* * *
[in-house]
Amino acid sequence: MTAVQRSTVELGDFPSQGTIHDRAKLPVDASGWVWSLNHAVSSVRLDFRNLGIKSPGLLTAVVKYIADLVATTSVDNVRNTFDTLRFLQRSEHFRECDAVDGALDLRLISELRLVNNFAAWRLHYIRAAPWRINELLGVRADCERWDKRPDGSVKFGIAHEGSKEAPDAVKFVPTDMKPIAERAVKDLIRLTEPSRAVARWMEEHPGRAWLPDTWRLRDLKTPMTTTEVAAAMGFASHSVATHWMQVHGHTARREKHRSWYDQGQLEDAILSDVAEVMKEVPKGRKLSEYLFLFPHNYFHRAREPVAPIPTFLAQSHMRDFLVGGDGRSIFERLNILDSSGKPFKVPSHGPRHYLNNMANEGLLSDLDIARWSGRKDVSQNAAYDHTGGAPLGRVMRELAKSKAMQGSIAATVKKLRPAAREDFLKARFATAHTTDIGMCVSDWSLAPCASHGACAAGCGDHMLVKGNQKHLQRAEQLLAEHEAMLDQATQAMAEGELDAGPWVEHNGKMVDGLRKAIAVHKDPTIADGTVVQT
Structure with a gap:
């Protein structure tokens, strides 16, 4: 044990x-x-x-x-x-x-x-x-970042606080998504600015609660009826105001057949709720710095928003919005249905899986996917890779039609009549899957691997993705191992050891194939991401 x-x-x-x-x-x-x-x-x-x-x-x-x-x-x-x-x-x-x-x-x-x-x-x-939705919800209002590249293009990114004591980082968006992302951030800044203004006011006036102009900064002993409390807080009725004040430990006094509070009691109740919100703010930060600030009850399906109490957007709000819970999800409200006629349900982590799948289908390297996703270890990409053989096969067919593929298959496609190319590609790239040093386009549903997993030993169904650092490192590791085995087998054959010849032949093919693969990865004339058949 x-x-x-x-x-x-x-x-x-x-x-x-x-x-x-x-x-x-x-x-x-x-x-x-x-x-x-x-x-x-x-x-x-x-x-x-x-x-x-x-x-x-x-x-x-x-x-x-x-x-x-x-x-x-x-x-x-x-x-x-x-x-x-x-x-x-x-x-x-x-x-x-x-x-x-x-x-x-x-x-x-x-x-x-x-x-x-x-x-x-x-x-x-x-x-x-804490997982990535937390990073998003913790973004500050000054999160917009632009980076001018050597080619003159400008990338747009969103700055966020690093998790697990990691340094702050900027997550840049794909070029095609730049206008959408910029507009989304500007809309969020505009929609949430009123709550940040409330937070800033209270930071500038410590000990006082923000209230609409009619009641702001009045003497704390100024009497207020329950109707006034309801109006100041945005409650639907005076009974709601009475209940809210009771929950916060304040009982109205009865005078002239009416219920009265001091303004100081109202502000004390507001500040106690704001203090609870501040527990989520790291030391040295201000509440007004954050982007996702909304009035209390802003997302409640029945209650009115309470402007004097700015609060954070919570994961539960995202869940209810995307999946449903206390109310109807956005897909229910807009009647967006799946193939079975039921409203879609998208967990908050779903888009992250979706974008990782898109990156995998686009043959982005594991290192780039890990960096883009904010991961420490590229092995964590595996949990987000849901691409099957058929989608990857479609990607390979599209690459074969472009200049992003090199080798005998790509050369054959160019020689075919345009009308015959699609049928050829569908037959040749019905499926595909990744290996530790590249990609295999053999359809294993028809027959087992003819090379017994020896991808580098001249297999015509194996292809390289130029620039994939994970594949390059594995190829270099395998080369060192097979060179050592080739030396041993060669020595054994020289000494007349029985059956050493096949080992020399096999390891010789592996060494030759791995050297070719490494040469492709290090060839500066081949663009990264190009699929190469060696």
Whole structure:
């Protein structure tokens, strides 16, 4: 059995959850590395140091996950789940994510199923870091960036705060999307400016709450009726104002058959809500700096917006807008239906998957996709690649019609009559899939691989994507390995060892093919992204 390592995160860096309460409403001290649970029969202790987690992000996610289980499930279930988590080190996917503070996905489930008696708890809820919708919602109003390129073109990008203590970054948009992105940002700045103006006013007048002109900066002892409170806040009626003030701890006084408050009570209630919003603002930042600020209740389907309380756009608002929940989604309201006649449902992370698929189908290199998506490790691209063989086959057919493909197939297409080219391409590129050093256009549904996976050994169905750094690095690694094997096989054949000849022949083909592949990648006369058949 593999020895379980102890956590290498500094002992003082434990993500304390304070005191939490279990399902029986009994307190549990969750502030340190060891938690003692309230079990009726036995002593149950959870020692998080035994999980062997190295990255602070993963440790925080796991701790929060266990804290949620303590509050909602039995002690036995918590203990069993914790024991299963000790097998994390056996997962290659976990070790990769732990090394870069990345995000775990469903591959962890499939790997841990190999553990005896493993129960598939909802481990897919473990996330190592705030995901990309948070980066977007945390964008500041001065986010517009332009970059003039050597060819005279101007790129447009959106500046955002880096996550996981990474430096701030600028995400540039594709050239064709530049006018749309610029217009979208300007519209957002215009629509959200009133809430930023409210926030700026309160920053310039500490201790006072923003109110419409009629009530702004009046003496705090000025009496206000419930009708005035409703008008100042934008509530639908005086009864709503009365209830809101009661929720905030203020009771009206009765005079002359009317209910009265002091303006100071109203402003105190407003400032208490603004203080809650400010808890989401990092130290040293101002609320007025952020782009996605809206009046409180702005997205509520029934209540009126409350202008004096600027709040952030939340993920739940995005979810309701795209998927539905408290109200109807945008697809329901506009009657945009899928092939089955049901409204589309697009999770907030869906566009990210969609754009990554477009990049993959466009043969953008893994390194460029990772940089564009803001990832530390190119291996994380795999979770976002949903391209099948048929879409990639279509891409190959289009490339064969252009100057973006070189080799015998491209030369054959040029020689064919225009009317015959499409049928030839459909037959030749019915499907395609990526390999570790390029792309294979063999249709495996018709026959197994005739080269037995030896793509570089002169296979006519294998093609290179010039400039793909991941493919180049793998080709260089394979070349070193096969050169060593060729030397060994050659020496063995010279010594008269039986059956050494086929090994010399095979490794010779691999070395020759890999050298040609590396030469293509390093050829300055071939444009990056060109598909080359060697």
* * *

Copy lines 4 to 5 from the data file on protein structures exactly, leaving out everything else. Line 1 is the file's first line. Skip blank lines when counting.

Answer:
């Protein structure tokens, strides 16, 4: 044990x-x-x-x-x-x-x-x-970042606080998504600015609660009826105001057949709720710095928003919005249905899986996917890779039609009549899957691997993705191992050891194939991401 x-x-x-x-x-x-x-x-x-x-x-x-x-x-x-x-x-x-x-x-x-x-x-x-939705919800209002590249293009990114004591980082968006992302951030800044203004006011006036102009900064002993409390807080009725004040430990006094509070009691109740919100703010930060600030009850399906109490957007709000819970999800409200006629349900982590799948289908390297996703270890990409053989096969067919593929298959496609190319590609790239040093386009549903997993030993169904650092490192590791085995087998054959010849032949093919693969990865004339058949 x-x-x-x-x-x-x-x-x-x-x-x-x-x-x-x-x-x-x-x-x-x-x-x-x-x-x-x-x-x-x-x-x-x-x-x-x-x-x-x-x-x-x-x-x-x-x-x-x-x-x-x-x-x-x-x-x-x-x-x-x-x-x-x-x-x-x-x-x-x-x-x-x-x-x-x-x-x-x-x-x-x-x-x-x-x-x-x-x-x-x-x-x-x-x-x-804490997982990535937390990073998003913790973004500050000054999160917009632009980076001018050597080619003159400008990338747009969103700055966020690093998790697990990691340094702050900027997550840049794909070029095609730049206008959408910029507009989304500007809309969020505009929609949430009123709550940040409330937070800033209270930071500038410590000990006082923000209230609409009619009641702001009045003497704390100024009497207020329950109707006034309801109006100041945005409650639907005076009974709601009475209940809210009771929950916060304040009982109205009865005078002239009416219920009265001091303004100081109202502000004390507001500040106690704001203090609870501040527990989520790291030391040295201000509440007004954050982007996702909304009035209390802003997302409640029945209650009115309470402007004097700015609060954070919570994961539960995202869940209810995307999946449903206390109310109807956005897909229910807009009647967006799946193939079975039921409203879609998208967990908050779903888009992250979706974008990782898109990156995998686009043959982005594991290192780039890990960096883009904010991961420490590229092995964590595996949990987000849901691409099957058929989608990857479609990607390979599209690459074969472009200049992003090199080798005998790509050369054959160019020689075919345009009308015959699609049928050829569908037959040749019905499926595909990744290996530790590249990609295999053999359809294993028809027959087992003819090379017994020896991808580098001249297999015509194996292809390289130029620039994939994970594949390059594995190829270099395998080369060192097979060179050592080739030396041993060669020595054994020289000494007349029985059956050493096949080992020399096999390891010789592996060494030759791995050297070719490494040469492709290090060839500066081949663009990264190009699929190469060696």
Whole structure: